In white-man shoes

2009-11-24 00:00

STATISTICALLY, being a white man in South Africa is the worst position to be in, said a frustrated white friend years ago, and I have thought about this statement as many times as I have changed my mind about its validity. You see, while the policies of affirmative action and employment equity certainly, in theory, favour the previously disadvantaged, which is everybody but the Caucasian male, there are various reasons I cannot come to a conclusion.

Firstly, the tools one has are vast if one has spent a significant amount of time in the former (but still labelled as such) model C schools. This gives one an advantage in numerous ways, as these schools are not compromised by a lack of resources and equipment. Granted, many previously disadvantaged graduates and other candidates for employment never make it to interviews, but you have to use your intelligence to get ahead in life. Your attitude is created by the environment you’re reared in. The discipline instilled in “white” schools is unparalleled, as demonstrated by various typical standards thereof, like mandatory participation in extramural activities after school. At the school I attended, if you were unable to engage in physical activity, you could choose debating, chess, social activism or other activities.

These activities develop you as a person, and the various courses government employees attend teach things I was taught at Carter High School. You have a clear advantage and this inspires feelings of insecurity and professional jealousy among those colleagues who do not get or take these opportunities. The feeling of being in white-man shoes starts with the way one is treated by the odd black colleague — that resentment for having something they do not have. Previously disadvantaged no longer really applies to you, and you’re almost like a beneficiary of privilege. The knowledge you seem to have is a threat and you are not particularly supported in developing yourself within the organisation.

Impressing the superiors can be to your own detriment. Suddenly, there is so much negative energy aimed towards you. Before long someone tries to frustrate you so that you will quit your job, and surprisingly your superiors expect you to take the bullying. Your lack of subservience is called insubordination. Your confidence and all the good qualities you picked up in the expensive schools your parents could barely afford, now intimidate. This is the way of life it seems; blacks are not supposed to observe their rights like whites do. Black managers are generally the worst, perhaps because the other demographic has all eyes on them. Either that, or maybe because your work ethic wins you favour with the real boss.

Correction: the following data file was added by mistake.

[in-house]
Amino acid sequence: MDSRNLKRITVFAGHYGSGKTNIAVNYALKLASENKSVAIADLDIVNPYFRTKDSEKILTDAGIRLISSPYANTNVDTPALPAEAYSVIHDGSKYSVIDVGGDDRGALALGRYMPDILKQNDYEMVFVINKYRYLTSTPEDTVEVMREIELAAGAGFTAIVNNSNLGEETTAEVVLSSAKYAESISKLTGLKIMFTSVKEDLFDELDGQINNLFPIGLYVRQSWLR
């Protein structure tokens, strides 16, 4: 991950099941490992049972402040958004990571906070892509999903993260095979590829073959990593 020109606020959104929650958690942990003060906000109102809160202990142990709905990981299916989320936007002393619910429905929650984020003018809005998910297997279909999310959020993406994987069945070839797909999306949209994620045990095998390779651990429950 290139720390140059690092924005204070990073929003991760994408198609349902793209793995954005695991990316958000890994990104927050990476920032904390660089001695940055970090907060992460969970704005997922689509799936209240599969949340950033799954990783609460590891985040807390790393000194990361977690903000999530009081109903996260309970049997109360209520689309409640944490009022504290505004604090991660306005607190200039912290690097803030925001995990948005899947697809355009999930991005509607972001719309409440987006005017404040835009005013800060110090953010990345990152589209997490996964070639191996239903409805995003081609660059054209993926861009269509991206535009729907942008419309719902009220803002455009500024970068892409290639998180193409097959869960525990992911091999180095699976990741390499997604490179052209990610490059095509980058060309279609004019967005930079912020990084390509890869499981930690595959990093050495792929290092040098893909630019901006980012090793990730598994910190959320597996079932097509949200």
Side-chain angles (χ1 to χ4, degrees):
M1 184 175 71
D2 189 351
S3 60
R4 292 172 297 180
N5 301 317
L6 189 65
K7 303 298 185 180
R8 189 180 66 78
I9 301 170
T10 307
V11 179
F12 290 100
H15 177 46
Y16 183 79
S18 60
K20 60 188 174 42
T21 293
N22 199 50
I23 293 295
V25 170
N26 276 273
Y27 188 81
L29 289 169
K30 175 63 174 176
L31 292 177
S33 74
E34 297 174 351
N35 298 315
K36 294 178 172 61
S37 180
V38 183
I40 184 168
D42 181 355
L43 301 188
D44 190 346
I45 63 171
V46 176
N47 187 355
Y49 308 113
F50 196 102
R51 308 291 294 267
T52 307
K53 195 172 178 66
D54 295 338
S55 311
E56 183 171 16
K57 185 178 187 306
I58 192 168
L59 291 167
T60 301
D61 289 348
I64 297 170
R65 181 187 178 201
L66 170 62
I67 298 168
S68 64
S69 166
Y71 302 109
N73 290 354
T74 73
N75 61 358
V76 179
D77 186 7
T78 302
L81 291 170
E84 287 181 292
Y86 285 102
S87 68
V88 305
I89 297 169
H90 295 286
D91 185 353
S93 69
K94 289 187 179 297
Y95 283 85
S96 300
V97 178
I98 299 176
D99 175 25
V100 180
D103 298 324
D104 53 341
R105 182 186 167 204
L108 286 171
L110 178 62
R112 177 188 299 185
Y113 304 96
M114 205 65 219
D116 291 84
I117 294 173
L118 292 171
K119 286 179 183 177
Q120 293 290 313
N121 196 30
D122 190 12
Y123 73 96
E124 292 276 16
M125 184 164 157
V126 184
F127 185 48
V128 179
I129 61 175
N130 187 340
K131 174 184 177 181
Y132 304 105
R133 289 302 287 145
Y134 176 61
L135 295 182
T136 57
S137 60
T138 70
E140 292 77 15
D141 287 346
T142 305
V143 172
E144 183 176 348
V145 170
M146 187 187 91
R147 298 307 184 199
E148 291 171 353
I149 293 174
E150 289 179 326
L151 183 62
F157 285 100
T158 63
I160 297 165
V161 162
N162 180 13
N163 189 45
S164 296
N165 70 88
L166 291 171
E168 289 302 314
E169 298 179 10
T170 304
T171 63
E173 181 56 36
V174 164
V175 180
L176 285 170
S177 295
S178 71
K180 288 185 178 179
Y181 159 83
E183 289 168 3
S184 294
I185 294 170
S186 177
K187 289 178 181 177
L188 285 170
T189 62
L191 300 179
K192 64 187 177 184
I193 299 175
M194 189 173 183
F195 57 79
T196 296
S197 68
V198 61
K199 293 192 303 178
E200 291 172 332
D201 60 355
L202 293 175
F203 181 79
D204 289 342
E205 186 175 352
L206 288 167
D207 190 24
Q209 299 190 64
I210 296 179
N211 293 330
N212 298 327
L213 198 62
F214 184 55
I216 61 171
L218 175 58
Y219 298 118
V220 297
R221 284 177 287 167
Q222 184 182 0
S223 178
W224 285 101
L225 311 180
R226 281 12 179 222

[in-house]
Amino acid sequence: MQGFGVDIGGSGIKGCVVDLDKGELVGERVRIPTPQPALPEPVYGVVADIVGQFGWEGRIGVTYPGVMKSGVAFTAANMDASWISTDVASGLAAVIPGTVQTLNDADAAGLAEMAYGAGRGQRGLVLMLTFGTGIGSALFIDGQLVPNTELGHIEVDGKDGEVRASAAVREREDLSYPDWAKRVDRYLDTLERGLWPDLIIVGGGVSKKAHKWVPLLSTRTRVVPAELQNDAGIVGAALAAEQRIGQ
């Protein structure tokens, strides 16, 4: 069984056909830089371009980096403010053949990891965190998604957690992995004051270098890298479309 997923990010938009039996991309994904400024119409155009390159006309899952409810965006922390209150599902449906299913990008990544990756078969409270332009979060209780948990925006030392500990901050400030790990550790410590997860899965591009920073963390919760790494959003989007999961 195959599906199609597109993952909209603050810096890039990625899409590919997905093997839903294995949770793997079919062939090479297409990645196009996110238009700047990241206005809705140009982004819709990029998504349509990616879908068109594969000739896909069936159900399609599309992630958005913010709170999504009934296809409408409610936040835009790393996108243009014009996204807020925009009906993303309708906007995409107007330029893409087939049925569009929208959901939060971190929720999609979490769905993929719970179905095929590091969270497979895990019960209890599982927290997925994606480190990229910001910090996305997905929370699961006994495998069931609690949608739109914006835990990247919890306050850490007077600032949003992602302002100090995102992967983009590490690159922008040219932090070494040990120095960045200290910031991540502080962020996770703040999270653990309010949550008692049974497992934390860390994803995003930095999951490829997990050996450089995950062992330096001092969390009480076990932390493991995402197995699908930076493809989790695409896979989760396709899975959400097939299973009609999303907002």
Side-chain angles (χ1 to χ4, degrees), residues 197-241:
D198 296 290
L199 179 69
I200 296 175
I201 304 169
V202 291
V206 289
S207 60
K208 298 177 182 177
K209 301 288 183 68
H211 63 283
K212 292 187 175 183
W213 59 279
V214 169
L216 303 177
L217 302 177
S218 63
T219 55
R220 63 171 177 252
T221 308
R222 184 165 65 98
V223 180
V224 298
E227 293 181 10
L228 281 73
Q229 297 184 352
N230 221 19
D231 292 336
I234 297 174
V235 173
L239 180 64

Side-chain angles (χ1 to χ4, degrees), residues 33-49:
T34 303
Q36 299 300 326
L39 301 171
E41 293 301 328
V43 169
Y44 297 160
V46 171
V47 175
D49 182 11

That accent your parents told you to perfect is the problem. The interview panel views you as previously advantaged, despite the tens of thousands of rands you still owe for your studies. So, forget your rights in this country where political connections qualify individuals to oppress others worse than the apartheid system did. Worse, I say, because our parents were made to believe life would be different, and now feel betrayed. Ignore your rights for your survival or prepare for a difficult life. You get the sense that you’re not expected to know that much, so that when you mention a violation, it is as if your boss has seen a ghost. Rights only exist on paper, really.

How much negative energy are you willing to create to get ahead? If your answer is not much, then do like most white men I know. Just take it. Work with every tool you were ever given, perfect every single craft you learn and live off very little. Grow the soft skills, which include your people skills and ability to deal with conflict. Be organised and resourceful so that if you’re not lucky enough to be of the right demographic, in spite of your race, you can always find a way to survive. But never give up hope that someday someone will recognise and respect your abilities and be willing to compensate you appropriately for them.

If the many white people whose only guilt is being descendants and by default beneficiaries of oppressors, can find a way to make it, we, the beneficiaries of our parents’ bravery, certainly can.

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